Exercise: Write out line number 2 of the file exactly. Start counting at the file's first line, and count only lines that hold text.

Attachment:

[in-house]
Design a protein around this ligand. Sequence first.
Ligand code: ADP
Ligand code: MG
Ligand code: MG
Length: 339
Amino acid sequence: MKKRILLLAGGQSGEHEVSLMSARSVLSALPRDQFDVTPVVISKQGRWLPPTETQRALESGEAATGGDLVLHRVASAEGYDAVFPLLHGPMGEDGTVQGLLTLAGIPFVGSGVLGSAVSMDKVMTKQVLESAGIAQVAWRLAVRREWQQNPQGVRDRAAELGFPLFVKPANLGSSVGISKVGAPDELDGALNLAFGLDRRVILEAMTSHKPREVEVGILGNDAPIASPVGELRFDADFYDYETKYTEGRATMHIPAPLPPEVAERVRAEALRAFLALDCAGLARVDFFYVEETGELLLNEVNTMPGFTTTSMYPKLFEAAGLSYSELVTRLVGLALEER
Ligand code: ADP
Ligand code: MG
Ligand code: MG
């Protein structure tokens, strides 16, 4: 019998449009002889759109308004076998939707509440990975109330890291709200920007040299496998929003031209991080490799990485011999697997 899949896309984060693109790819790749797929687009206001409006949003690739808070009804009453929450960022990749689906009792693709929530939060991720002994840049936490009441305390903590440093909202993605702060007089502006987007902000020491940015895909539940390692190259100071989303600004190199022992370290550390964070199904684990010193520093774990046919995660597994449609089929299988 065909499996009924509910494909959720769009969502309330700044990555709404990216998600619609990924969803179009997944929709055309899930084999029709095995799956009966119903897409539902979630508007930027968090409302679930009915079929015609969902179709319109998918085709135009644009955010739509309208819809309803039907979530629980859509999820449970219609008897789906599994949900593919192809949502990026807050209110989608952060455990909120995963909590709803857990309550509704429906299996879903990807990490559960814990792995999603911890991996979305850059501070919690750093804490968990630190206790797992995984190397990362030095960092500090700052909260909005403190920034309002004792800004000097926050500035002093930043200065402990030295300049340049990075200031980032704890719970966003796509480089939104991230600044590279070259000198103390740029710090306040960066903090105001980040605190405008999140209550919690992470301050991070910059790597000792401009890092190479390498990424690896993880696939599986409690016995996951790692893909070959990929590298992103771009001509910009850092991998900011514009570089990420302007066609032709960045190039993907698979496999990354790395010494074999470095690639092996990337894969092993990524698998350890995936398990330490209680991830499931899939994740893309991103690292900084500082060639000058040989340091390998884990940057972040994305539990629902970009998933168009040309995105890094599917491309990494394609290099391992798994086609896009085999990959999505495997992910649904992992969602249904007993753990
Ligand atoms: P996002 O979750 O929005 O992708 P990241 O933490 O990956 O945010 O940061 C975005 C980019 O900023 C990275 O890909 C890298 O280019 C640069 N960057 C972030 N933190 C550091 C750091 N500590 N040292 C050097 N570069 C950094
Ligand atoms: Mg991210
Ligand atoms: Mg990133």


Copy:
Design a protein around this ligand. Sequence first.